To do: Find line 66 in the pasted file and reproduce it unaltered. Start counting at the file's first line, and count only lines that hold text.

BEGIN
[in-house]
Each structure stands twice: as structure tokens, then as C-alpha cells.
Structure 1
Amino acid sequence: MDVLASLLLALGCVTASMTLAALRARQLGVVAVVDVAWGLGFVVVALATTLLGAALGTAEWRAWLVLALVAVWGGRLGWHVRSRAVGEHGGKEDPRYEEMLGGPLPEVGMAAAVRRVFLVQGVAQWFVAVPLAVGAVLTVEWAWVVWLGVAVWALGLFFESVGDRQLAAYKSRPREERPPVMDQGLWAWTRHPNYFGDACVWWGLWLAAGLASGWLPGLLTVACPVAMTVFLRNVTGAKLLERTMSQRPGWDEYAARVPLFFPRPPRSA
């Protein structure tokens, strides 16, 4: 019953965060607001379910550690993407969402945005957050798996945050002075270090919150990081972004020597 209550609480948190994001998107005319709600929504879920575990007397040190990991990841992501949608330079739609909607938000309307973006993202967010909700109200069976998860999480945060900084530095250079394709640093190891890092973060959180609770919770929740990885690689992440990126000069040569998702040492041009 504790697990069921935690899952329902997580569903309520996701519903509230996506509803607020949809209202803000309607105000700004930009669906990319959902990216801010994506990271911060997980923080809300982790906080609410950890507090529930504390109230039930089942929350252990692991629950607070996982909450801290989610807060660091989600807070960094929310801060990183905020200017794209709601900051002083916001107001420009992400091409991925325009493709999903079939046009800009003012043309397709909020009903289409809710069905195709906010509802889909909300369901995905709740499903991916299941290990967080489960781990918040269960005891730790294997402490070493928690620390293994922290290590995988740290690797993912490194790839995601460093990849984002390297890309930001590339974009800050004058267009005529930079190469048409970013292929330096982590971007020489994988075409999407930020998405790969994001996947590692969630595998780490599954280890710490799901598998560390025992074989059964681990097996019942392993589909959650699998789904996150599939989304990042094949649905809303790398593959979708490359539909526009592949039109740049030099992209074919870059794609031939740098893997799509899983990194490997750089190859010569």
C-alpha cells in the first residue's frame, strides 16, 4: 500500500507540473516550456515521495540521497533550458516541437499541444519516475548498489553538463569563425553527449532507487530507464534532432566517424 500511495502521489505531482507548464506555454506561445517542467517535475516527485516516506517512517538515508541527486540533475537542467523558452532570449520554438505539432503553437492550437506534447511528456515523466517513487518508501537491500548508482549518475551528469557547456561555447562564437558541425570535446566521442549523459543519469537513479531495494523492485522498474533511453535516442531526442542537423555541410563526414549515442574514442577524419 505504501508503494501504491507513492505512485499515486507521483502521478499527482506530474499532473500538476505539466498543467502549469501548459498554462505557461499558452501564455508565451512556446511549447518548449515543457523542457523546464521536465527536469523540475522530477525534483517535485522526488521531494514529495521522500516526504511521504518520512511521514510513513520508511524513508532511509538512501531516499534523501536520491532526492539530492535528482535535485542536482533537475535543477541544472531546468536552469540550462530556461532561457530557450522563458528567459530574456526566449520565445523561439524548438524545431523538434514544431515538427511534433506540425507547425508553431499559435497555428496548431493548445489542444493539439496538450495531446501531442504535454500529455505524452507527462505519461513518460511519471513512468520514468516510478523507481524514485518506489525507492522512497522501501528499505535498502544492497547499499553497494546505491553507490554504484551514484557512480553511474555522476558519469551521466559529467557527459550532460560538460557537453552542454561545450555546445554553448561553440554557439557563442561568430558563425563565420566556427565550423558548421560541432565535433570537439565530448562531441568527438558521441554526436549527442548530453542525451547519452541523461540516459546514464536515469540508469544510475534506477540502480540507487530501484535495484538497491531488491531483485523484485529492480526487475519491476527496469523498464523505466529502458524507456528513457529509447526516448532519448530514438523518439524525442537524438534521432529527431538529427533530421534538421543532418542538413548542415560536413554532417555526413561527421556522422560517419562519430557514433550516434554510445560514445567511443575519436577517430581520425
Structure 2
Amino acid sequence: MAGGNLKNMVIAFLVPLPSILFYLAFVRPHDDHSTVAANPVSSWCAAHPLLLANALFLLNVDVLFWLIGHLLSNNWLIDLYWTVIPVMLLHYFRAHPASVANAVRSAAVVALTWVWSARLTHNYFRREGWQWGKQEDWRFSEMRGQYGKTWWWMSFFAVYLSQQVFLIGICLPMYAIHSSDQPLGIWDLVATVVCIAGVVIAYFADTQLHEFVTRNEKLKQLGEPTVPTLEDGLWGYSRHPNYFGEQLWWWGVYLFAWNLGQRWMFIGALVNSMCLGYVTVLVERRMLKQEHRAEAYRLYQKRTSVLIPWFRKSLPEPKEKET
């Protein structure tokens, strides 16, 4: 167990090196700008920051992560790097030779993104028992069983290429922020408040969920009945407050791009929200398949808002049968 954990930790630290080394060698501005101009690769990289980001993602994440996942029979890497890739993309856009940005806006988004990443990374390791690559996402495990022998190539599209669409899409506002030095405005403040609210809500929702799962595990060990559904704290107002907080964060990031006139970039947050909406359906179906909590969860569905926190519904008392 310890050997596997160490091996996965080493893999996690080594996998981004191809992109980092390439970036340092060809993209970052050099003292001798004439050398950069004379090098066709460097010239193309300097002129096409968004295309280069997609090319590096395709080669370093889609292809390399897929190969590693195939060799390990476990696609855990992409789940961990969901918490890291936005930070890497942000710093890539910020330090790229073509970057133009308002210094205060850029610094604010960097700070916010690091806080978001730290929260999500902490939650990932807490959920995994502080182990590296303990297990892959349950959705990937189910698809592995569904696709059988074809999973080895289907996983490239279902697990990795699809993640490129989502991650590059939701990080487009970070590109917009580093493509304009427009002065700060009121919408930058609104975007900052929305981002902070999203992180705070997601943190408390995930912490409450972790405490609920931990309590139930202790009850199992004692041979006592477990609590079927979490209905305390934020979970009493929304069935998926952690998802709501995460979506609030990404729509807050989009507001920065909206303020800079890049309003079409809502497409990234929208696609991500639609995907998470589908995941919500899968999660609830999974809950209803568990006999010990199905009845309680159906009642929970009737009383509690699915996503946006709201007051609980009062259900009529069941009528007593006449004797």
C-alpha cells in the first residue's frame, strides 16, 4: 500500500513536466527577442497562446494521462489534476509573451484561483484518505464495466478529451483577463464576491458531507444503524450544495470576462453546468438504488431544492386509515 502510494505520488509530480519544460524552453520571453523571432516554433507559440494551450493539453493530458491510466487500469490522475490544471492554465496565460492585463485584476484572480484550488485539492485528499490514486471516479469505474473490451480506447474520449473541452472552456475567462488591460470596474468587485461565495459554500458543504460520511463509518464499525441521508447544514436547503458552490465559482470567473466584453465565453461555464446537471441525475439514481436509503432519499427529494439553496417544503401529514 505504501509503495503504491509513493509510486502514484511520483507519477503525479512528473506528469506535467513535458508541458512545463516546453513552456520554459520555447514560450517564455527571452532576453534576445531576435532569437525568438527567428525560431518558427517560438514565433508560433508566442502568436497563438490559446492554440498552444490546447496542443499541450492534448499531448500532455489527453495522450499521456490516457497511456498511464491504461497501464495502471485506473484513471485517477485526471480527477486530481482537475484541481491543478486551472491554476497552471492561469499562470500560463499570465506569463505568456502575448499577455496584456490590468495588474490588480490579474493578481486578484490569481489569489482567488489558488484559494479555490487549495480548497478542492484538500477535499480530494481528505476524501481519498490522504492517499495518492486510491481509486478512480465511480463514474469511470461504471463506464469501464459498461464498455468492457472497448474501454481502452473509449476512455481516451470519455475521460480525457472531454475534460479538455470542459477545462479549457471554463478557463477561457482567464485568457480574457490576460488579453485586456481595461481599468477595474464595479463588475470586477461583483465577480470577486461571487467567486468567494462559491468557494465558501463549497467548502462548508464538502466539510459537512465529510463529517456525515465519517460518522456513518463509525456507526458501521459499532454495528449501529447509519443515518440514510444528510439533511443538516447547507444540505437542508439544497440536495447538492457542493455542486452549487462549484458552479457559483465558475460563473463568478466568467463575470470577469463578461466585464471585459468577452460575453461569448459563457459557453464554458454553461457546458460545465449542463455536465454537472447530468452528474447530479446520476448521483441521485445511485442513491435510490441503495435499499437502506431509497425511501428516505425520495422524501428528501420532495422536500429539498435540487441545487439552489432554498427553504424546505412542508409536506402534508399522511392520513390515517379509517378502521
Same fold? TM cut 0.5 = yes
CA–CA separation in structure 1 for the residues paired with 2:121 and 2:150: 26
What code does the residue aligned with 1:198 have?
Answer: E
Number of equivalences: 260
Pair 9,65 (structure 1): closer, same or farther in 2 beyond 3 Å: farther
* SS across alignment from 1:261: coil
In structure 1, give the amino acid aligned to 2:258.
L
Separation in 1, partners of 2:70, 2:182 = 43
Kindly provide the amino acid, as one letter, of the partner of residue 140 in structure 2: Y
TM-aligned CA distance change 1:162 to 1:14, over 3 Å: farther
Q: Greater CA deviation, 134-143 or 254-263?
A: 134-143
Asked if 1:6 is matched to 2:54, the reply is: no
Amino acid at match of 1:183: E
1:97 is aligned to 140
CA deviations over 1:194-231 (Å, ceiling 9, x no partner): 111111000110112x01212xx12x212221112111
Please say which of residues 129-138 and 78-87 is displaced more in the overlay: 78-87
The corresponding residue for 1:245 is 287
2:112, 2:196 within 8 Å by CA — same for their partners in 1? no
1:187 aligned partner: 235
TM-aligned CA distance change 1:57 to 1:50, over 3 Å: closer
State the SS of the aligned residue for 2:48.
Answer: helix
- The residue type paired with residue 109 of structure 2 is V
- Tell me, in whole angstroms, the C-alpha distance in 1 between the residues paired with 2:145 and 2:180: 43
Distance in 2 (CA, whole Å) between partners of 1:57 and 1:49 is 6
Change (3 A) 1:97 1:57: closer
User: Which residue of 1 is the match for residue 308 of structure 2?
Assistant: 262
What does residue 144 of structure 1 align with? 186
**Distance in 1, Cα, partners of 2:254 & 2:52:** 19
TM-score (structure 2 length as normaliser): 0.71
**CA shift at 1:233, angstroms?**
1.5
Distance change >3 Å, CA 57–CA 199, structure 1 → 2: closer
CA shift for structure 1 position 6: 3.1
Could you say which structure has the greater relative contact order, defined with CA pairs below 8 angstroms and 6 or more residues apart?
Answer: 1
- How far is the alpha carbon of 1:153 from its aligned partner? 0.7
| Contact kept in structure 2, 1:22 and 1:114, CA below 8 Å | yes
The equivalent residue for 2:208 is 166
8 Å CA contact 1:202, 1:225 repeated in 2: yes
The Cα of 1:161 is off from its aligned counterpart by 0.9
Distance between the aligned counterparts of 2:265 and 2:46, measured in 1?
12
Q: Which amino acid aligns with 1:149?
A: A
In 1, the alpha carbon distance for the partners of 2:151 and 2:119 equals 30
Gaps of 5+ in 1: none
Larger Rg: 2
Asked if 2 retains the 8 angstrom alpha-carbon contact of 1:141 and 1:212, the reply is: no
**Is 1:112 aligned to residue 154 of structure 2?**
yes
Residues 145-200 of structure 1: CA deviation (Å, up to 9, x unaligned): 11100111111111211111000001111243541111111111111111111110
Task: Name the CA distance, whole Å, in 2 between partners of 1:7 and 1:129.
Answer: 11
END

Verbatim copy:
Residues 145-200 of structure 1: CA deviation (Å, up to 9, x unaligned): 11100111111111211111000001111243541111111111111111111110